Perhaps it really is the only way to talk about time. With metaphor. Not measure. With exaggeration and imagination. Not mechanics and logic. For all the guidance we hope to get, we are so often lost in the construct anyway. Being a poet type it’s always made more sense to me to approach time this way than the numbers and concepts and philosophies we attempt to attribute to the uncontrollable and unknowable, like time and weather, and love. My dad simply measured how much he loved me by comparing it to the ocean. A tangible. A forever. What more could a girl ask for.

Three forty nine fifty two eleven.

lake-hurn
Lake Huron, not the ocean, but a favorite for us Michiganders.

Time rarely soothes us. It messes with us. As we continually attempt to mess with it. How often have you or someone asked “How can it already be 2017?”  “Where did the time go?” “March already?” “Lunchtime so soon?”

We question it constantly. As if our construct for it was doubtful. We don’t really believe it. But we all know how it works. Always have. Always will. It, time, does not do anything. We celebrate its passing with anniversaries and birthdays. Yet we condemn its passing almost hourly. Where did the morning go? I am late! (Again.)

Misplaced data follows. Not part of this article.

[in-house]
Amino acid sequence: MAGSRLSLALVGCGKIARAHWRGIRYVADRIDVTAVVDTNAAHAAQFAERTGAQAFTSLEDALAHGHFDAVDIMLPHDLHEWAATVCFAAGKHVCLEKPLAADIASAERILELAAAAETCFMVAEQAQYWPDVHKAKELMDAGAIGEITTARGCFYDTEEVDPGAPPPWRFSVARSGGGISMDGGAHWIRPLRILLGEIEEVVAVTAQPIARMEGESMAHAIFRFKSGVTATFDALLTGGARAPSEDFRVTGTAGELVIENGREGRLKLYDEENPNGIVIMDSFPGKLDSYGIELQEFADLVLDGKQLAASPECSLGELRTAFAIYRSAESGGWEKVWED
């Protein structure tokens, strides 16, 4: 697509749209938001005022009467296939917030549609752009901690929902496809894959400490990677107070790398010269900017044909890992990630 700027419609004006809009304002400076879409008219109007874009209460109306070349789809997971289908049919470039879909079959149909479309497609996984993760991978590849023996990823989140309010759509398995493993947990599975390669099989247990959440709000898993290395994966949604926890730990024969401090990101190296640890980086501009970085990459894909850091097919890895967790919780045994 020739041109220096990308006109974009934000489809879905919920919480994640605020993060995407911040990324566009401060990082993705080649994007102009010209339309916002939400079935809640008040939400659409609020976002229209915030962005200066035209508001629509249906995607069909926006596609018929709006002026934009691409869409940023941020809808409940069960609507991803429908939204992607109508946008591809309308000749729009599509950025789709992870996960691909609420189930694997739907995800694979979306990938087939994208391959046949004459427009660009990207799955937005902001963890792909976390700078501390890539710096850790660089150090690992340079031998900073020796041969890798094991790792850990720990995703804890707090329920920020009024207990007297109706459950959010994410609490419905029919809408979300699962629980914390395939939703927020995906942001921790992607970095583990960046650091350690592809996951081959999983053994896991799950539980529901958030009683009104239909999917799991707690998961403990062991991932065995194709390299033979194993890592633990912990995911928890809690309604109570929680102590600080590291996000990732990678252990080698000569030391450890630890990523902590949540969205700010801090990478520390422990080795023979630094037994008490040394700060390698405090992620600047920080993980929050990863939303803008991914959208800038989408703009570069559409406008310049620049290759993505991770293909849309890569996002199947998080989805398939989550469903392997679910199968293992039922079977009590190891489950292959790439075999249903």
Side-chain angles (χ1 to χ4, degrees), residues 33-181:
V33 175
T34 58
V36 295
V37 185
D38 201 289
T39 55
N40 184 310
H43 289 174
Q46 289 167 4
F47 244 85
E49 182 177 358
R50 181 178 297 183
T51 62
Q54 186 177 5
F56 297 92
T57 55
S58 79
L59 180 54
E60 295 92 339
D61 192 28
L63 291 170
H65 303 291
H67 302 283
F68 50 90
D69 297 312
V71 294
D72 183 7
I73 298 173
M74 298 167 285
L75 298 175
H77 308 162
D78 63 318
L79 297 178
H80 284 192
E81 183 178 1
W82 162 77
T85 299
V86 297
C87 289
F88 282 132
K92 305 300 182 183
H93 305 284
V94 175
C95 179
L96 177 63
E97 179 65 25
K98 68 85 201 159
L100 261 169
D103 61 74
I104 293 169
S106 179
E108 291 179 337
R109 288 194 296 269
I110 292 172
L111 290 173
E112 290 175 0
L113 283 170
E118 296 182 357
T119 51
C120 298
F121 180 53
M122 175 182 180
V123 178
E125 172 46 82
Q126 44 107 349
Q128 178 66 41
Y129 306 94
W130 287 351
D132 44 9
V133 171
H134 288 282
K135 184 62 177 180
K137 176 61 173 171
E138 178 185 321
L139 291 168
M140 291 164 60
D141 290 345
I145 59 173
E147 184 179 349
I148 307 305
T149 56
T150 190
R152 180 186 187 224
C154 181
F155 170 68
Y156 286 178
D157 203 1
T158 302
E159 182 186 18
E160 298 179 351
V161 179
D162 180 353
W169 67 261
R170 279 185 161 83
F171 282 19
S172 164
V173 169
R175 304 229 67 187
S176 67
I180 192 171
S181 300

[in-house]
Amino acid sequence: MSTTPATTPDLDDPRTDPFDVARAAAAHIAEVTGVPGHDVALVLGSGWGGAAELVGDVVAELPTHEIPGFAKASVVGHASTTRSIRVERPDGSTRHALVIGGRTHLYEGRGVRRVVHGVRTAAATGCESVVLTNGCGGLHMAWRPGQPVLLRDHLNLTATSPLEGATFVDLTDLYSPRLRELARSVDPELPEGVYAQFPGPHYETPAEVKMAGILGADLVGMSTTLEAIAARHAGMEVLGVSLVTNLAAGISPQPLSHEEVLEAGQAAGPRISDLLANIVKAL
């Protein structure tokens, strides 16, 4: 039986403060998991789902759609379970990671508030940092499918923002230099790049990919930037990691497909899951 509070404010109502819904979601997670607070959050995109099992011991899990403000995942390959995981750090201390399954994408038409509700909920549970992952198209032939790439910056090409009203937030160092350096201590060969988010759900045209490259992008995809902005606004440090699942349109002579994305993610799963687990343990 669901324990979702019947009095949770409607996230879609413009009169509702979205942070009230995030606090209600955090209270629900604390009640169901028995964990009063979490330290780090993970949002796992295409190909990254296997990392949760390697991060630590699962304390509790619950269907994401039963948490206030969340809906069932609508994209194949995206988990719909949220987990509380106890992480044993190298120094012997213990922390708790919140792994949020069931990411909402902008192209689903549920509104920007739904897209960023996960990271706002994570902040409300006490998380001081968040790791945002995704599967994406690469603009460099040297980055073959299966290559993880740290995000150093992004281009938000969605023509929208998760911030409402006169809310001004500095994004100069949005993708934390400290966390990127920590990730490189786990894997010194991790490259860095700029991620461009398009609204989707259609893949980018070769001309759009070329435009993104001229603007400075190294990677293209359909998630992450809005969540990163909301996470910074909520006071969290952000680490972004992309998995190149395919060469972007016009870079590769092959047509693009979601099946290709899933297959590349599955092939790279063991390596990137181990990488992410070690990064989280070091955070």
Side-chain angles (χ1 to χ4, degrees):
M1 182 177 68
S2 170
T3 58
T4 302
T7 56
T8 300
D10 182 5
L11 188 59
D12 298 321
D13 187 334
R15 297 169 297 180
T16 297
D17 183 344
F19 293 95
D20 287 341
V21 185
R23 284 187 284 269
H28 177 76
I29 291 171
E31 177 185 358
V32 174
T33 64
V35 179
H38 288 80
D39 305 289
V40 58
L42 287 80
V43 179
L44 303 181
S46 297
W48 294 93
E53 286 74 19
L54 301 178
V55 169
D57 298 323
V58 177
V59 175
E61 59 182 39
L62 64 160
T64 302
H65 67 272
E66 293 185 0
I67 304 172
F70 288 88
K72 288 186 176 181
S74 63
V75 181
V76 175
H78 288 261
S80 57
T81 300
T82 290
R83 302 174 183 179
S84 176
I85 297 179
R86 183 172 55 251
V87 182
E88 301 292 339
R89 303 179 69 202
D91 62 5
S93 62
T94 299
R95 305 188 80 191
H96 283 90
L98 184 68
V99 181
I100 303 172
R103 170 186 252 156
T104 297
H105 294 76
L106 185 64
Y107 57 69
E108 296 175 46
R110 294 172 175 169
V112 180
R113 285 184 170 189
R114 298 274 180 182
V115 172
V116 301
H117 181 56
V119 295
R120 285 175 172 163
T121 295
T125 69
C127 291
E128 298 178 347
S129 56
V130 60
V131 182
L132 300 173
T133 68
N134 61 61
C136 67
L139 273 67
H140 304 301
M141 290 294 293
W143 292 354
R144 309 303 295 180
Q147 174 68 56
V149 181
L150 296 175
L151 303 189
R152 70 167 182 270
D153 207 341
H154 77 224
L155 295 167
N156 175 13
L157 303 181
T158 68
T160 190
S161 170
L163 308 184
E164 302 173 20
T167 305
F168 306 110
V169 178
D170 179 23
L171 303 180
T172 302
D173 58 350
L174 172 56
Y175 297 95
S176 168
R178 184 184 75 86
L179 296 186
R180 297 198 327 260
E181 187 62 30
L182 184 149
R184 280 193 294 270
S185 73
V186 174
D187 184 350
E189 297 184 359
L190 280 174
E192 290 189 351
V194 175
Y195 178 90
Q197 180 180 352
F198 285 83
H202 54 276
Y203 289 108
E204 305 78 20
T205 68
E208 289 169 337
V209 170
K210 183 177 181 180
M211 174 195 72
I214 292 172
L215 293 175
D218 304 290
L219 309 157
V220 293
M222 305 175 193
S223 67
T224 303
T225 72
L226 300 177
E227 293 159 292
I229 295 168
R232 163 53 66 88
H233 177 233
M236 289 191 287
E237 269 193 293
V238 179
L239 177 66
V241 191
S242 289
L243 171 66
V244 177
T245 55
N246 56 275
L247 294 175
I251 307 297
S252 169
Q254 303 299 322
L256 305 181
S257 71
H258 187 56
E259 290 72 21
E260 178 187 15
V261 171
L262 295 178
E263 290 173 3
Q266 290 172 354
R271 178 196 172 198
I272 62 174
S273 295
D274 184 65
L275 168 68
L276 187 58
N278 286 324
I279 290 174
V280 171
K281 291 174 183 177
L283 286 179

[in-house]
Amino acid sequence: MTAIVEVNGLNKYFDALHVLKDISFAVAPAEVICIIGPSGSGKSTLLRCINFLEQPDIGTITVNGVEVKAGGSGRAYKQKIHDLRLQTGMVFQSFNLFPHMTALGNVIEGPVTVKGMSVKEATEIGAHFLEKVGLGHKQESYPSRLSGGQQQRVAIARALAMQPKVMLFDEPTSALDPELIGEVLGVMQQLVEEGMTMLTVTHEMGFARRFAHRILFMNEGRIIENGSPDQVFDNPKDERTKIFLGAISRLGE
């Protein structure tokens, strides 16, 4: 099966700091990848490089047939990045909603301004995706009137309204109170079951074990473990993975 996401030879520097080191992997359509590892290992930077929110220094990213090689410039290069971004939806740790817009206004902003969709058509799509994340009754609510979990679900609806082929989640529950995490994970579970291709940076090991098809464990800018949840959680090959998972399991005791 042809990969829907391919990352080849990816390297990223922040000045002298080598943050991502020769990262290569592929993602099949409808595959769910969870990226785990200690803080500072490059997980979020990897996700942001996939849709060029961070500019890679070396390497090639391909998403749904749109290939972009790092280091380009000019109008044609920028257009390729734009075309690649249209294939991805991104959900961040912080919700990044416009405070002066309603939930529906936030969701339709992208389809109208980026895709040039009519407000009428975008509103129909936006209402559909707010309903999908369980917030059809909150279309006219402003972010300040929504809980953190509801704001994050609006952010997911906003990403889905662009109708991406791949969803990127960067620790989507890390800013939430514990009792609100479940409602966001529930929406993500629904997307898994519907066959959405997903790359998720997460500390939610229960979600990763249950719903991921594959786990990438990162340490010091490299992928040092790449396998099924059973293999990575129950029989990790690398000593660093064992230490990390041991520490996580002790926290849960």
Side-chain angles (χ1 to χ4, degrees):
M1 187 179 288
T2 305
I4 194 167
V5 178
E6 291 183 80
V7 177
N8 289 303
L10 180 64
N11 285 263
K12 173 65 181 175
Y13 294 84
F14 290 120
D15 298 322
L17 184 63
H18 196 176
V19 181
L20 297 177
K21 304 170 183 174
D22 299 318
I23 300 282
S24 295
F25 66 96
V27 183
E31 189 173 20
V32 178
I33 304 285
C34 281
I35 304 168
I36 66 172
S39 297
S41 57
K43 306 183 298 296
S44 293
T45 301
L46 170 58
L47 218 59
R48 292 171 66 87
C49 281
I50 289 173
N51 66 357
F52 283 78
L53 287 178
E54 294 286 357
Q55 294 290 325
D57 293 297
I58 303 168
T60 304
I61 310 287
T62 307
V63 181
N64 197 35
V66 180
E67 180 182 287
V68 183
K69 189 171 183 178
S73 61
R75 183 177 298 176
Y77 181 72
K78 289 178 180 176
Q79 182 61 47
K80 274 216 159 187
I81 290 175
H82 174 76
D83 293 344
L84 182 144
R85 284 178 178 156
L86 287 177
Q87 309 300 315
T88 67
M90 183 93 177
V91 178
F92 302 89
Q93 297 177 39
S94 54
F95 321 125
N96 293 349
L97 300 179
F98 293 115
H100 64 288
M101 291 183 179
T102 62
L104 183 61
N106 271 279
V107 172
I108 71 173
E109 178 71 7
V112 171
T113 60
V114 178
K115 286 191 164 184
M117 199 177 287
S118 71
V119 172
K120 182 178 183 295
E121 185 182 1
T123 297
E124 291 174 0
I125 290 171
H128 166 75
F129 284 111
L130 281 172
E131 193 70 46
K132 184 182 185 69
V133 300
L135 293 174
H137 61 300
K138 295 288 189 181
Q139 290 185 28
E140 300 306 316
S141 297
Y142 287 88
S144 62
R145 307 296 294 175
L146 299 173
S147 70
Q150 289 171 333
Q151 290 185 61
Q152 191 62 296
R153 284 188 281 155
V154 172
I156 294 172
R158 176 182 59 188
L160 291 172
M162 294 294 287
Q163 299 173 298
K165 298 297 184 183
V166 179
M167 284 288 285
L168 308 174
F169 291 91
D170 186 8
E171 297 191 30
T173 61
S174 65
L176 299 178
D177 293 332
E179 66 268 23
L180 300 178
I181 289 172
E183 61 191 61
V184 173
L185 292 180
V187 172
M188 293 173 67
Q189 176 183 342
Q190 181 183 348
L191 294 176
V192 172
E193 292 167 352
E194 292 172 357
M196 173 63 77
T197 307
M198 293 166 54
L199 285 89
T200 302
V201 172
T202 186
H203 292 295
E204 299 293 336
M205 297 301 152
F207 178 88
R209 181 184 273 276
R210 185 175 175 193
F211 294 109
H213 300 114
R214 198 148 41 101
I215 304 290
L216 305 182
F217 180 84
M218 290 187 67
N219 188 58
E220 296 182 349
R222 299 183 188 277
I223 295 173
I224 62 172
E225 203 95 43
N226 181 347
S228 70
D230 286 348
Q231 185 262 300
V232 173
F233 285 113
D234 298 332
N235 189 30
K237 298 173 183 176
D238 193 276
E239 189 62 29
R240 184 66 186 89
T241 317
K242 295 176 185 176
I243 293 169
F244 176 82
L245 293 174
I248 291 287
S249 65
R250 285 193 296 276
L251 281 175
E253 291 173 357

Can you believe it’s been a year? Let’s celebrate.
Can  you believe it’s been a whole year. How sad.

We can’t make up our minds. Do we like its passing or don’t we? And the ridiculous thing is that it does not matter one little bit because it doesn’t change. It is the same thing year after week after day after minute after month. It just is what it is. Sun up. Sun down.

Thirteen eleven fifty ninety three.

We think we control it with Daylight Savings Time. And that is ridiculous. We think we’ve controlled it with February. Twenty eight days. Or no, let’s make it twenty nine. Wait. Twenty eight. What?

And don’t get me started on the weather. But at least that is more visceral. Sensual. We have absolutely as little control of it, but we can put a jacket on or off. An umbrella up or down. Windshield wipers. Galoshes. Gloves. Bikinis. Sunscreen. We have all kinds of equipment, tools, if you will, to manage how the weather makes us feel. And we complain about it as much as we do time. But for time, we have no tools.

Imagine. Putting on my month umbrella so time doesn’t bother me today. Doesn’t happen. Oh, where are my hour galoshes, so the hours don’t go too fast today. Nope.